Every student organization will differ and may require a different approach by the advisor. The following information can serve as a beginning point.
- In the beginning of the advising relationship, agree on clear expectations about the role of the advisor and the role of the student organization. Discuss philosophies and reach a consensus.
- Read the constitution of the group, get to know the members, attend events, and generally make yourself seen so that they know who you are.
- Assist in the establishment of responsibilities for each officer and member.
- Develop a strong relationship with the president or chairperson and other officers. This is key because these students will be your main contact with the group.
- Discuss concerns with an officer's performance in a one-on-one setting. Whenever someone does something extremely well, be sure to let others know.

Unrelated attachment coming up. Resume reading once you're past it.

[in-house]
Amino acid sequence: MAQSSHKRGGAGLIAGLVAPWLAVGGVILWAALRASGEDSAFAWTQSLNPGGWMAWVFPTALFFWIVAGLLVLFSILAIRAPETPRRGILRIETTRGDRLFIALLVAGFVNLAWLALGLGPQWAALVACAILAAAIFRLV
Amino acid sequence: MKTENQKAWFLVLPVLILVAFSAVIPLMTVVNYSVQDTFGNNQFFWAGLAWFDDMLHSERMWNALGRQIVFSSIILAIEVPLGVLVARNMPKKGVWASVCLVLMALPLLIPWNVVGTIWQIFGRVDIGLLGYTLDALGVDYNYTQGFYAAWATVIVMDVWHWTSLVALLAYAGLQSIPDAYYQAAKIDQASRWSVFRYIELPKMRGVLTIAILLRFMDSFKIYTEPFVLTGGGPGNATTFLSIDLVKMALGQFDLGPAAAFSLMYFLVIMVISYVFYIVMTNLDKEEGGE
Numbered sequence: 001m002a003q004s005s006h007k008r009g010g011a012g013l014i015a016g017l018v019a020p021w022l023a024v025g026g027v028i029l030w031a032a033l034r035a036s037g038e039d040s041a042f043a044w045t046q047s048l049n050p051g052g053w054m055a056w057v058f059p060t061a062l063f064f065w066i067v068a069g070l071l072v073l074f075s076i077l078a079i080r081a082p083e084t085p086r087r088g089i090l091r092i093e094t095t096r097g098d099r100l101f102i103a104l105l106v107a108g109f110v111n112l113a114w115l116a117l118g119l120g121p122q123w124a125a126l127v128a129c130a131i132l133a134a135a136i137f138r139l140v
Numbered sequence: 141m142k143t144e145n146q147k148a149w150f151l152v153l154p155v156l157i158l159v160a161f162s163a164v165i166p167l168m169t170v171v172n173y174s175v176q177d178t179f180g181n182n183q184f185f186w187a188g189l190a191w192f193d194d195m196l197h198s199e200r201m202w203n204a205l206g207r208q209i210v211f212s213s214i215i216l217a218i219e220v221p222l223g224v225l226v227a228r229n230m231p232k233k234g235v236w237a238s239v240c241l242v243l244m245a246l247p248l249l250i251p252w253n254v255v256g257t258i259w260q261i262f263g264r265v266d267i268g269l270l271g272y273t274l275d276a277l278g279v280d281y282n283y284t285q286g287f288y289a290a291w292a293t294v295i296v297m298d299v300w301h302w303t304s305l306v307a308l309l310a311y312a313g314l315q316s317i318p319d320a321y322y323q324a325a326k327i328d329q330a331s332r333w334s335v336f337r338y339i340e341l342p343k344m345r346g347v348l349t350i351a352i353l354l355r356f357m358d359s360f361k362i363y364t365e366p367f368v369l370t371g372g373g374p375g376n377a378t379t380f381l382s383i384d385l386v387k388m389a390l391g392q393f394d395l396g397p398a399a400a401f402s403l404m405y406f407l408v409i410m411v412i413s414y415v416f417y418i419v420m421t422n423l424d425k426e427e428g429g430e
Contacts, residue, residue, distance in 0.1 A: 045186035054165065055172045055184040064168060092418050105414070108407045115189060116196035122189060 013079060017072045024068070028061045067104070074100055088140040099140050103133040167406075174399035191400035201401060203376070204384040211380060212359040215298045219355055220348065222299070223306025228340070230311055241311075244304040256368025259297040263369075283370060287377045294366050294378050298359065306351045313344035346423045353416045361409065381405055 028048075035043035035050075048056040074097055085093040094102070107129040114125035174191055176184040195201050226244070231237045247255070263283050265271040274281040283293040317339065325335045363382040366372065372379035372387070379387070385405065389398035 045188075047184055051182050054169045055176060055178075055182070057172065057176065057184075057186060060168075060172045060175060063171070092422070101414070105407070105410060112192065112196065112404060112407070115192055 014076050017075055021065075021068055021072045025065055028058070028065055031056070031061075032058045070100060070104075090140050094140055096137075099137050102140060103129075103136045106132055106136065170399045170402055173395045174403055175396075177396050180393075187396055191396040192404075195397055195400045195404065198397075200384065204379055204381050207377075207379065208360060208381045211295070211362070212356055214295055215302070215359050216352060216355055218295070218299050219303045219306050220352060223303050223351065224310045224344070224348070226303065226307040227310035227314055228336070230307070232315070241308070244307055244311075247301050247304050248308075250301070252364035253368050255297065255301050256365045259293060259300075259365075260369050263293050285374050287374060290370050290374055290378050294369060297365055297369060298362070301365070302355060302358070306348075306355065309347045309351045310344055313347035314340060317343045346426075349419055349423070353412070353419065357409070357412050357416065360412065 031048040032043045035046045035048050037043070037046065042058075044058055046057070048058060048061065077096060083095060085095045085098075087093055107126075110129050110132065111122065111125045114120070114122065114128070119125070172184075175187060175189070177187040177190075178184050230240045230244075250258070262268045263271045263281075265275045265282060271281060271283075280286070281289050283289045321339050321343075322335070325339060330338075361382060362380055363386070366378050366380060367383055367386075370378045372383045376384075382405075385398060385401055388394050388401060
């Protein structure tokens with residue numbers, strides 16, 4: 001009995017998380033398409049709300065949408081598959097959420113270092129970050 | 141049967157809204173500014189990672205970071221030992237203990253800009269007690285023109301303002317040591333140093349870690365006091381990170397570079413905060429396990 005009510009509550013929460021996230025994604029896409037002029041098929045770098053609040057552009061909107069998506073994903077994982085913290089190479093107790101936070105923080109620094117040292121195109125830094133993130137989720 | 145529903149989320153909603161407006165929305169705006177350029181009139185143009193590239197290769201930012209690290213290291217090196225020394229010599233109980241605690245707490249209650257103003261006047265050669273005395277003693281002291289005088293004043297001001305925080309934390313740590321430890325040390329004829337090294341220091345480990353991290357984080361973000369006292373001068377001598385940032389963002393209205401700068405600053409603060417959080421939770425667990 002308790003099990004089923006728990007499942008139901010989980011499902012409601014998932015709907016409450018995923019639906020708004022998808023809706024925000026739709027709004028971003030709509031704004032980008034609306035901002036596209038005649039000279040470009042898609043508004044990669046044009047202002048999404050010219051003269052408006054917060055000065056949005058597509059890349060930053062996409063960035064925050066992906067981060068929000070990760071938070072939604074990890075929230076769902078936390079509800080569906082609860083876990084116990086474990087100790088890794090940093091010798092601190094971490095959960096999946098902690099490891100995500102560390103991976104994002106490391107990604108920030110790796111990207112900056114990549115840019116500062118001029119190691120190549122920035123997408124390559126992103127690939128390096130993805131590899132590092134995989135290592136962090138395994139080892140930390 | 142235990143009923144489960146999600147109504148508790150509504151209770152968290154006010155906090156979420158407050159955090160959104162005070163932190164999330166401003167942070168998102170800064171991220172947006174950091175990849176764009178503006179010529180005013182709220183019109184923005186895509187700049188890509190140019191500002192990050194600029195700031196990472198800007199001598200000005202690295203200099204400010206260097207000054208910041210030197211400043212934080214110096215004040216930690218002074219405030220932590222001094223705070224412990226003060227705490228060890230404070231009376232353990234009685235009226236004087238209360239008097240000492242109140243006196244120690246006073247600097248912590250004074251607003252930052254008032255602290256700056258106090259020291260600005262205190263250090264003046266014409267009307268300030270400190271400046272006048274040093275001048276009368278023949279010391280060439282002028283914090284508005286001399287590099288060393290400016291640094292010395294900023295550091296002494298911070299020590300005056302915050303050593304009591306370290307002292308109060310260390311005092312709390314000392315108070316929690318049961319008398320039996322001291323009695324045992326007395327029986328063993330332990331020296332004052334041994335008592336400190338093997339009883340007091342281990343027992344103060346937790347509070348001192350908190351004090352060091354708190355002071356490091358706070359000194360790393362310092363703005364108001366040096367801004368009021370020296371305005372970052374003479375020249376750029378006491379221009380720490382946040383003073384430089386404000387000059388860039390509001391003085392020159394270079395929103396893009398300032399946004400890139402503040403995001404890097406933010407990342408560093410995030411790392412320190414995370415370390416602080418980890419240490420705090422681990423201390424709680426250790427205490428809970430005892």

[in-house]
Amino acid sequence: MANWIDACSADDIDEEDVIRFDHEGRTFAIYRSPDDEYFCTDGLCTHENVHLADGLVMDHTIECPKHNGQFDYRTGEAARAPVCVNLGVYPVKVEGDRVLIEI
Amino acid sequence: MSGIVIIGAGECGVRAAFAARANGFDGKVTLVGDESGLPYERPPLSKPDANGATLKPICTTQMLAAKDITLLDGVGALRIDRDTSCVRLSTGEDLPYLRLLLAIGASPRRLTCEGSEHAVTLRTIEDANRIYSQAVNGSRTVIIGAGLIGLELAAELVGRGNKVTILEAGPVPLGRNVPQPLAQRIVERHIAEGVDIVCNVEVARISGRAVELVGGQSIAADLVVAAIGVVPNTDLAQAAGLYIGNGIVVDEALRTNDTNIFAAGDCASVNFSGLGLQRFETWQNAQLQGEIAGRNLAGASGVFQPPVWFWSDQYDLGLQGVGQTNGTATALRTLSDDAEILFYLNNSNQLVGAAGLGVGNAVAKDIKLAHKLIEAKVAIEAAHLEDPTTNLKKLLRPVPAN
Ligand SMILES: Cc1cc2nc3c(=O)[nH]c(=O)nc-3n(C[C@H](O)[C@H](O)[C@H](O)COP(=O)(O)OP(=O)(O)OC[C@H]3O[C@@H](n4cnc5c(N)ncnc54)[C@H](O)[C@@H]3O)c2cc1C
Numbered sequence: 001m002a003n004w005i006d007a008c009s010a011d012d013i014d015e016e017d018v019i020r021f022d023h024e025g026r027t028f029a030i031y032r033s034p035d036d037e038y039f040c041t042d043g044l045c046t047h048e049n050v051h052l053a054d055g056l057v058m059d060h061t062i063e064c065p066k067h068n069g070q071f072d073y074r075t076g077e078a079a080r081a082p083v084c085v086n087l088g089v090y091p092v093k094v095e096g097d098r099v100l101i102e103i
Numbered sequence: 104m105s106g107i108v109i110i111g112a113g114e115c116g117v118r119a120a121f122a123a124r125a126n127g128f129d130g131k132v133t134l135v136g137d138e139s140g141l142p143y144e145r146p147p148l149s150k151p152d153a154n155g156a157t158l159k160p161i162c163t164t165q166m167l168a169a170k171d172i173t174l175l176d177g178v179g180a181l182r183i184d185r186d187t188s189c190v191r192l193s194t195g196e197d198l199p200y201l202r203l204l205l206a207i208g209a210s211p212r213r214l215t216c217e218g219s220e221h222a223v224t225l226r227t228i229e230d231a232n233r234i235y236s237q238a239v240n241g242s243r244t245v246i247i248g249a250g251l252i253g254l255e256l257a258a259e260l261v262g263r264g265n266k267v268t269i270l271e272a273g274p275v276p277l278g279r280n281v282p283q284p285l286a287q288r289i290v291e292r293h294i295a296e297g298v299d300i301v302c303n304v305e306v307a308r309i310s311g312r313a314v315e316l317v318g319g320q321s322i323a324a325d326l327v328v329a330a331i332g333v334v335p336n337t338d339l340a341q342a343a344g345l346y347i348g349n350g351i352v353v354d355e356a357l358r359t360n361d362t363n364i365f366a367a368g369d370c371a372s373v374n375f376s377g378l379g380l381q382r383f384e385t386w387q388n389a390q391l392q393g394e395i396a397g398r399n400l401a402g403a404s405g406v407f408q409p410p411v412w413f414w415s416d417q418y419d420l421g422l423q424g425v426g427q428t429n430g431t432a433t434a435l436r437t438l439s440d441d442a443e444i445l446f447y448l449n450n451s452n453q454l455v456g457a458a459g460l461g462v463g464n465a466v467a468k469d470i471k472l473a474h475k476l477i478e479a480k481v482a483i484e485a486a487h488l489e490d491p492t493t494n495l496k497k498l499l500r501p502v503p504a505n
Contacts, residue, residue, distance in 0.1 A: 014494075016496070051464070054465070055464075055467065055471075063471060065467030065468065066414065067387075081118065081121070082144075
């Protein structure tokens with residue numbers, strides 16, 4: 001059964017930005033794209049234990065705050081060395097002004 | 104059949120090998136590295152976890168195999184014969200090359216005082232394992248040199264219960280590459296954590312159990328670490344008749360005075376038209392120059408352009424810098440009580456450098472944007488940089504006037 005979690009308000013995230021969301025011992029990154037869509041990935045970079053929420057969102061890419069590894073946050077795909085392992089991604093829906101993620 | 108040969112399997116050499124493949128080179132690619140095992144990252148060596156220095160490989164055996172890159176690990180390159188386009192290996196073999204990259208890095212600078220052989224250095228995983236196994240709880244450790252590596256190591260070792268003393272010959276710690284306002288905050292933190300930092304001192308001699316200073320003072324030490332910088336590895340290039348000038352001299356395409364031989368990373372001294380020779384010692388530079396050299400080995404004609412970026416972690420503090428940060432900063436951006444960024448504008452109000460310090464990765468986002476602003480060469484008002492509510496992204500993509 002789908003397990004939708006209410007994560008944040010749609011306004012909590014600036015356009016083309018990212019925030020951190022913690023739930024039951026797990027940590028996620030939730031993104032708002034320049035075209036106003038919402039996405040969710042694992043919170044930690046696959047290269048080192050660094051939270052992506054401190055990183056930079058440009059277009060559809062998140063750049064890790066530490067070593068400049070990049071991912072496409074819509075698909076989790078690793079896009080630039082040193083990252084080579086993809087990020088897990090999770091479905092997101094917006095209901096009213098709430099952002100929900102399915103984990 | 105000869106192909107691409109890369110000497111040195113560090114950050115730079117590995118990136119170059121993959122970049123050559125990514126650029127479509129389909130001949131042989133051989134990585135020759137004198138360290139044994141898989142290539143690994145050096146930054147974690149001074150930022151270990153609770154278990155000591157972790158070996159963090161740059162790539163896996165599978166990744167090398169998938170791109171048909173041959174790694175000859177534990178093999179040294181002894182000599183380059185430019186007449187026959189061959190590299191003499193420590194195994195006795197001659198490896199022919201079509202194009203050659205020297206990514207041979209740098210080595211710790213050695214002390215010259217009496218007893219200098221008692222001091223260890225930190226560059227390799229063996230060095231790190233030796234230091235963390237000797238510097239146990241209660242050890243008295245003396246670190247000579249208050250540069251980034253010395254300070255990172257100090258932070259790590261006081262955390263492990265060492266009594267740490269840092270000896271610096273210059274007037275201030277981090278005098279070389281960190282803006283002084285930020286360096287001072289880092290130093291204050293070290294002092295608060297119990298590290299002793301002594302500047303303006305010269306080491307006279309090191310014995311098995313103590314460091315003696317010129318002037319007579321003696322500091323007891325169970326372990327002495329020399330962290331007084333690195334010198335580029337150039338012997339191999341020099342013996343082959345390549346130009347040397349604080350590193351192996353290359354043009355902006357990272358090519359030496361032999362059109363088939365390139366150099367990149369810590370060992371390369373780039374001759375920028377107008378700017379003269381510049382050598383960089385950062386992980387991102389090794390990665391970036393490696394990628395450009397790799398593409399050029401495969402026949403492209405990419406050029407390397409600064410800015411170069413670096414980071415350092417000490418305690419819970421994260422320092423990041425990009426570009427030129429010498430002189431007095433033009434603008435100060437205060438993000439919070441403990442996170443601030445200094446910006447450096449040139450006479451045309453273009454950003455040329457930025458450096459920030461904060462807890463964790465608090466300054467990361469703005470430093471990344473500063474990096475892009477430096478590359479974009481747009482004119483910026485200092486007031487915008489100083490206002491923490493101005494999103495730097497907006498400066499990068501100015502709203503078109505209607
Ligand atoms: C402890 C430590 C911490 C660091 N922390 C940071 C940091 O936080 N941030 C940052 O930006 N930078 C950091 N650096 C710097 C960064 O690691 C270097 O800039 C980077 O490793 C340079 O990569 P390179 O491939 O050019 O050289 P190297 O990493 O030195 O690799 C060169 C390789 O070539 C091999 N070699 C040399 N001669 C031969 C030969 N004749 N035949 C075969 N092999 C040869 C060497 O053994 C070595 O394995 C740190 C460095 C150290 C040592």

- Maintain a sense of humor-it's college, not rocket science. Unless, of course, you are the advisor to the Rocket Science Club.
- Be honest and open with all communication. The students need to feel that you are just in your dealings with them.
- Realize that you have the power of persuasion, but use this judiciously. The students sometimes need to learn how to fail.
- Help them to see alternatives and provide an outside perspective.
- Remember: praise in public, criticize in private.
- Find a balance between being the strict naysayer and the laissez-faire friend. The students must feel that you are supportive of them and yet that you will hold them accountable for their actions.
- Miss meetings
- Leave meetings early
- Be inattentive
- Take but never give back
- Only get to know the executive board
- Never have the time
- Try to be close friends with the group
- Make all the decisions for the organization
- Let the organization become your organization
- Forget names
- Fail to come through on promises
- Say you know, when you don’t
- Be afraid of the group failing
- Forget the amazing contribution that you make in students’ lives